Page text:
Last update: July 11, 2016

Lincomycin

Very Low Risk for breastfeeding


Safe. Compatible.
Not risky for breastfeeding or infant.

A Lincosamide type antibacterial drug which is structurally similar to clindamycin.

As clindamycin, it is excreted in breast milk in clinically non-significant amount with no problems being reported in infants whose mothers were treated with it.

Its low oral bioavailability that further decreases with simultaneous ingestion of food, hinders the drug passage to the infant plasma from ingested mother’s milk , except in preterm babies and immediate neonatal period, in which they may occur an increased intestinal permeability.

Among infants whose mothers are treated with antibiotics, an alteration of the intestinal flora may appear. In case of infant's fever, the possibility of false negative results of bacterial cultures should be taken into account.

Alternatives

We do not have alternatives for Lincomycin since it is relatively safe.

Suggestions made at e-lactancia are done by APILAM´s pediatricians and pharmacists, and are based on updated scientific publications.
It is not intended to replace the relationship you have with your doctor but to compound it.

Jose Maria Paricio, Founder & President of APILAM/e-Lactancia

Your contribution is essential for this service to continue to exist. We need the generosity of people like you who believe in the benefits of breastfeeding.

Thank you for helping to protect and promote breastfeeding.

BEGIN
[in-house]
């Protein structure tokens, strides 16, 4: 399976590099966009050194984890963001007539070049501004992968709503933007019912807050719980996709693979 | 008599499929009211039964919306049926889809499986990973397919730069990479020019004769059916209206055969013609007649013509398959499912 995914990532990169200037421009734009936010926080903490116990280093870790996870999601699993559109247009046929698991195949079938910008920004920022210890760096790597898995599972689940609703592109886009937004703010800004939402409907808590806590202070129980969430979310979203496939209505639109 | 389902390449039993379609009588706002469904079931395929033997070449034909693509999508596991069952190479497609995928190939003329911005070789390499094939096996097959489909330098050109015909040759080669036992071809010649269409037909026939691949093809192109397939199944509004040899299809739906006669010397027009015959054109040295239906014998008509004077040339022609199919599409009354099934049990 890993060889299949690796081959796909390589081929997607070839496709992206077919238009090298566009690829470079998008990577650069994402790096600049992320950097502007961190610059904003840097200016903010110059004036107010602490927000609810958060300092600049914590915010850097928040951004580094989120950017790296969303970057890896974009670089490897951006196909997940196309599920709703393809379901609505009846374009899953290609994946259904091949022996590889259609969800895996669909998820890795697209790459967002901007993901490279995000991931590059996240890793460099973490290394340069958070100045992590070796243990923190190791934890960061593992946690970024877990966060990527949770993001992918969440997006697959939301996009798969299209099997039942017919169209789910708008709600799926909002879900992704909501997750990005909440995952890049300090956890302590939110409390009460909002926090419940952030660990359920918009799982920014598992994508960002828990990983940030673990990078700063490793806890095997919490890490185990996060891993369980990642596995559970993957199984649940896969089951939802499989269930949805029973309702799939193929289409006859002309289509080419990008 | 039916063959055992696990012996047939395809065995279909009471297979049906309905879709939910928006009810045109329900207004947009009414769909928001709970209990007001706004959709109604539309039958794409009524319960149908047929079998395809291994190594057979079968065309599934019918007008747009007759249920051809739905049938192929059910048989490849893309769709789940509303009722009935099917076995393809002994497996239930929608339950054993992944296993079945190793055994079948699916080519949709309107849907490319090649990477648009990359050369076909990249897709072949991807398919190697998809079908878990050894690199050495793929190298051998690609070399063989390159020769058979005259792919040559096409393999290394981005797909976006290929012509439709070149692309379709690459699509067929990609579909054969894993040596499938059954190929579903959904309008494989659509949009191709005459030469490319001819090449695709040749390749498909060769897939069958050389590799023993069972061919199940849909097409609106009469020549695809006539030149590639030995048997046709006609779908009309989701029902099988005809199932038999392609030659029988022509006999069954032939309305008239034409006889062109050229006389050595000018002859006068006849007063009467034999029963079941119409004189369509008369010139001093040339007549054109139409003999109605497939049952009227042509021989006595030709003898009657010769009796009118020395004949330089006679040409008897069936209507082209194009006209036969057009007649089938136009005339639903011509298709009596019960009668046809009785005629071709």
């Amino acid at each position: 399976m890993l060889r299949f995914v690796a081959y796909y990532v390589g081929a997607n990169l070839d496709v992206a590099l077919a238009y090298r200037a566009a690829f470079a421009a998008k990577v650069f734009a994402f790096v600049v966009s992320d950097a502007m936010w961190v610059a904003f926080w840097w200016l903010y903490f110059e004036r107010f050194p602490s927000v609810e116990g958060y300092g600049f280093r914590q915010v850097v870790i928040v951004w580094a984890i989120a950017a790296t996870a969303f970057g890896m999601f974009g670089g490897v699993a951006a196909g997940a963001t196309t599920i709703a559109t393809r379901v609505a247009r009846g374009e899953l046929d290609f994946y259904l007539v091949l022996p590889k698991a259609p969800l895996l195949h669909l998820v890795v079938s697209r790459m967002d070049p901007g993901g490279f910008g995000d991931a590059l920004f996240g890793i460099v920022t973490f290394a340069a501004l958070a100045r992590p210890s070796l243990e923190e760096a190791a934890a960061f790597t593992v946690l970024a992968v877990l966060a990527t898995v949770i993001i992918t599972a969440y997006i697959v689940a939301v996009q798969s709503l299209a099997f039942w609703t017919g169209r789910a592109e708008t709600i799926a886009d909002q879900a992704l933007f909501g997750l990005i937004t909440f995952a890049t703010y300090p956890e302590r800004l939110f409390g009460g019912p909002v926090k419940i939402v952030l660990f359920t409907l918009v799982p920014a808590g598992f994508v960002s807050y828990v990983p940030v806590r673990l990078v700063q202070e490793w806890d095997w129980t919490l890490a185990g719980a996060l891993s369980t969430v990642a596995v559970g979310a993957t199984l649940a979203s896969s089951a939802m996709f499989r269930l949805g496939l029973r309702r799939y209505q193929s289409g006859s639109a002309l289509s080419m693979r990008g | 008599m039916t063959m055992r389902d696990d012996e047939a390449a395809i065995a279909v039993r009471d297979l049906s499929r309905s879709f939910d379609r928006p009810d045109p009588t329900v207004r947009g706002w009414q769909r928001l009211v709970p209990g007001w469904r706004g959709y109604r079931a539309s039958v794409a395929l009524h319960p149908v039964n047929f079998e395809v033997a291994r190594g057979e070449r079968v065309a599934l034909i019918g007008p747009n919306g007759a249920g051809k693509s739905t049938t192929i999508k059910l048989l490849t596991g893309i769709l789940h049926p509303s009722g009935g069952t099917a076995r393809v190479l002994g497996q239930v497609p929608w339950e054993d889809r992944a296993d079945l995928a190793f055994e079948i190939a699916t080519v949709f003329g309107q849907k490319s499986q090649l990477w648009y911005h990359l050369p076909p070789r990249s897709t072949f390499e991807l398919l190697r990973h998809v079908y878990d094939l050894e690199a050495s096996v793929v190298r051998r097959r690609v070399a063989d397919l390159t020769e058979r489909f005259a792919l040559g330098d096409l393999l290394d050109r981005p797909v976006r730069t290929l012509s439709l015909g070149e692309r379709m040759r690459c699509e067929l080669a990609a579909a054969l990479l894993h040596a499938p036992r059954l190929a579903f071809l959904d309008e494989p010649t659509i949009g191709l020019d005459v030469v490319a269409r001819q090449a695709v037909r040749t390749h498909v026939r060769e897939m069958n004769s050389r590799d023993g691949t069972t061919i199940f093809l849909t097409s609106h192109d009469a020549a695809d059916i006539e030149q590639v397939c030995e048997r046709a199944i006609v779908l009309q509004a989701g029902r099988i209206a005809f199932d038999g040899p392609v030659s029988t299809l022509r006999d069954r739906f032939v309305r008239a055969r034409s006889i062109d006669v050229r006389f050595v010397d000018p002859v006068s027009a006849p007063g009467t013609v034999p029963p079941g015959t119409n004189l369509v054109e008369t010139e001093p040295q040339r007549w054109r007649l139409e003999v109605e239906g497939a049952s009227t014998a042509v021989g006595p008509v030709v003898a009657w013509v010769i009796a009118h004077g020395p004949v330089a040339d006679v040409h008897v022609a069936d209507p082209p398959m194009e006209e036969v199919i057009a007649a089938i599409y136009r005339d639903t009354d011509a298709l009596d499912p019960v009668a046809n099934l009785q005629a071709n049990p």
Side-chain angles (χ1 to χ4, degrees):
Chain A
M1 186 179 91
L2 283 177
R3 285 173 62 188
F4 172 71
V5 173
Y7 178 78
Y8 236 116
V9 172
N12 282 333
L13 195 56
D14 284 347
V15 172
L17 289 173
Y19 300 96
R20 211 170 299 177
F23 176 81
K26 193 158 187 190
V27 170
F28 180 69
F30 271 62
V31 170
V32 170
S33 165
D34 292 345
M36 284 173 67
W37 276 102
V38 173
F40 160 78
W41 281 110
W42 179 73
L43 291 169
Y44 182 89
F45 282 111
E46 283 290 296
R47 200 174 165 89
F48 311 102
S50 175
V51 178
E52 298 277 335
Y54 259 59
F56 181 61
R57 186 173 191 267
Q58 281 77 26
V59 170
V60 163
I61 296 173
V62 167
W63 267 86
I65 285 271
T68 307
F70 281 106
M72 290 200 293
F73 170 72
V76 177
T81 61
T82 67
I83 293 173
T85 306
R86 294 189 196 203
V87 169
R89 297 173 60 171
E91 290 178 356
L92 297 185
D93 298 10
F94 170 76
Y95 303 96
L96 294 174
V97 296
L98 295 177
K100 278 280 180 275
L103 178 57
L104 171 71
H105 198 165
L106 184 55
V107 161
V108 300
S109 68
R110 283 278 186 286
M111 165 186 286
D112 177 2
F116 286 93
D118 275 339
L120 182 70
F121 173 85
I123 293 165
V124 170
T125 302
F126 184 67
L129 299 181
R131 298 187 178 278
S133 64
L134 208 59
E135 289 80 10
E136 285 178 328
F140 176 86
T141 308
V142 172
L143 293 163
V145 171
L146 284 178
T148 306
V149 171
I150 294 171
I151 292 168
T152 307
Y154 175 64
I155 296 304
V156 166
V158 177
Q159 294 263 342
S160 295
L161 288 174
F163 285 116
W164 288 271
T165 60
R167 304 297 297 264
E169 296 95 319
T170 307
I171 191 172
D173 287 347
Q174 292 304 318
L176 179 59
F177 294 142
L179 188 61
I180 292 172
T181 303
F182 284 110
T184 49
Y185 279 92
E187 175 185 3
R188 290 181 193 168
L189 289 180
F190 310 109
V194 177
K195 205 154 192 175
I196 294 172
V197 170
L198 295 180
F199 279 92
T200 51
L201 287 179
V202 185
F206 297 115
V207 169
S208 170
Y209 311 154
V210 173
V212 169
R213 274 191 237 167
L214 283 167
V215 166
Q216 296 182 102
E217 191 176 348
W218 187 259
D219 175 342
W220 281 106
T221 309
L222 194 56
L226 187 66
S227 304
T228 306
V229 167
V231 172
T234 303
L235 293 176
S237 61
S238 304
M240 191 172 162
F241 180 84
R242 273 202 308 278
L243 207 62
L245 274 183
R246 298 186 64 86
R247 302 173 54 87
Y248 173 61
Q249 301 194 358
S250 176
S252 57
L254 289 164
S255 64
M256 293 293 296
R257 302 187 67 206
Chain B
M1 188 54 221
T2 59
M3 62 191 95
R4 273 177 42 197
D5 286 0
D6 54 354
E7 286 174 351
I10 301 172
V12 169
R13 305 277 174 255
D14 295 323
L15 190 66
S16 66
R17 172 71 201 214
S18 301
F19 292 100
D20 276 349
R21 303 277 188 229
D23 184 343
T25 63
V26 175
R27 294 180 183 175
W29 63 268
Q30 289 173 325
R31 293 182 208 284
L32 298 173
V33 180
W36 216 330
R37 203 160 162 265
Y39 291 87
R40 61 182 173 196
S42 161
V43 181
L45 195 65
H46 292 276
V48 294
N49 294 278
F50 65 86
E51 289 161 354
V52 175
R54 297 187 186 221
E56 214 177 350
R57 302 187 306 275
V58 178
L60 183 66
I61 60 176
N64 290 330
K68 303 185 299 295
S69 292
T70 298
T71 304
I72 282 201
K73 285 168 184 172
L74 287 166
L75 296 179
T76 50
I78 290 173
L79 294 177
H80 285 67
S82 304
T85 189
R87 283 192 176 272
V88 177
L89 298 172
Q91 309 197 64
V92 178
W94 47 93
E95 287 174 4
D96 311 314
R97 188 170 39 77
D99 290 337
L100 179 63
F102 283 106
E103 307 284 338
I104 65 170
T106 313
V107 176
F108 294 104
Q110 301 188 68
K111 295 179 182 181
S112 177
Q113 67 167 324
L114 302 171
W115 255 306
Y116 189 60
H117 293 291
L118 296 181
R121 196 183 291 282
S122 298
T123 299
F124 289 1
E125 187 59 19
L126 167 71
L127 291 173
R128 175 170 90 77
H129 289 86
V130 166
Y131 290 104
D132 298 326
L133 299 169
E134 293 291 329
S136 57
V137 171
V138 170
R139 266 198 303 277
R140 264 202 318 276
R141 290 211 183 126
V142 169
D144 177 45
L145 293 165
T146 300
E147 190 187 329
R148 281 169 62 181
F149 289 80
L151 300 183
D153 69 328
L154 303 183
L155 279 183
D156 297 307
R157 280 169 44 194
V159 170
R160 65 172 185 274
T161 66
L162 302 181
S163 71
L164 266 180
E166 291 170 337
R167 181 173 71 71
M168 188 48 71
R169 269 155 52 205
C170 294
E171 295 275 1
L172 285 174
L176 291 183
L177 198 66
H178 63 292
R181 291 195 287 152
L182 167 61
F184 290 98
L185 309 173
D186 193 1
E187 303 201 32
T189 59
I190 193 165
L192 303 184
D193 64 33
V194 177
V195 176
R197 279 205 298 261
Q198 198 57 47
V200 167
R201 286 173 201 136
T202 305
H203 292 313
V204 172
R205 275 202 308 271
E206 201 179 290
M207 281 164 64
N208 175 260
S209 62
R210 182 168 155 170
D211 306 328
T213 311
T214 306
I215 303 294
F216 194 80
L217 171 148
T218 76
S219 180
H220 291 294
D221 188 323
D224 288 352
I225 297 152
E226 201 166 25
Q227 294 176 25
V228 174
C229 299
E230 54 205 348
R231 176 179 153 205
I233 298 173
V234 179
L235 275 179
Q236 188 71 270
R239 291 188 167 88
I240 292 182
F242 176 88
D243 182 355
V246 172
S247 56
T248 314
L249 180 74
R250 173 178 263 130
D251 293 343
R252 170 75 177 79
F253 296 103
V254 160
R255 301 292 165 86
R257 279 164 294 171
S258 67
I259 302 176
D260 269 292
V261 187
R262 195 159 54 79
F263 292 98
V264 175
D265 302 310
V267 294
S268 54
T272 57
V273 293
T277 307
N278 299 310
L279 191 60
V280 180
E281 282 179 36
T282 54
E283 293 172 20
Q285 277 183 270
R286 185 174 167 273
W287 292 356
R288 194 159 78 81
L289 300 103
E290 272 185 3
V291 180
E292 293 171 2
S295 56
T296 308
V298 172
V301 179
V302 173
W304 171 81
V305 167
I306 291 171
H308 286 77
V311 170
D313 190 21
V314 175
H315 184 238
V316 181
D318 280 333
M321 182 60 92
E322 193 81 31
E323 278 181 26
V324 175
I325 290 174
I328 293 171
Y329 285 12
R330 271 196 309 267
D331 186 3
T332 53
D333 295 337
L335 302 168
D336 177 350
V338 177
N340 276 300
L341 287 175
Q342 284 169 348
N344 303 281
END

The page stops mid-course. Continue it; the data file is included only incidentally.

José María Paricio, founder of e-lactancia.

Other names

Lincomycin is also known as


Lincomycin in other languages or writings:

Group

Lincomycin belongs to this group or family:

Tradenames

Main tradenames from several countries containing Lincomycin in its composition:

Pharmacokinetics

Variable Value Unit
Oral Bioavail. 20 - 35 %
Molecular weight 407 daltons
Protein Binding 72 %
Tmax 2 - 4 hours
T1/2 5 hours
M/P ratio 0,2 - 0,9 -
Theoretical Dose 0,19 mg/Kg/d
Relative Dose 0, 6 - 0, 8 %
Relat.Ped.Dose 1 - 2 %

References

  1. Amir LH, Pirotta MV, Raval M. Breastfeeding--evidence based guidelines for the use of medicines. Aust Fam Physician. 2011 Abstract Full text (link to original source) Full text (in our servers)
  2. Stéen B, Rane A. Clindamycin passage into human milk. Br J Clin Pharmacol. 1982 Abstract Full text (link to original source) Full text (in our servers)
  3. Wilson JT. Milk/plasma ratios and contraindicated drugs. In: Wilson JT, ed. Drugs in Breast Milk. Balgowlah, Australia: ADIS Press: 78–9. 1981
  4. MEDINA A, FISKE N, HJELT-HARVEY I, BROWN CD, PRIGOT A. ABSORPTION, DIFFUSION, AND EXCRETION OF A NEW ANTIBIOTIC, LINCOMYCIN. Antimicrob Agents Chemother (Bethesda). 1963 Abstract

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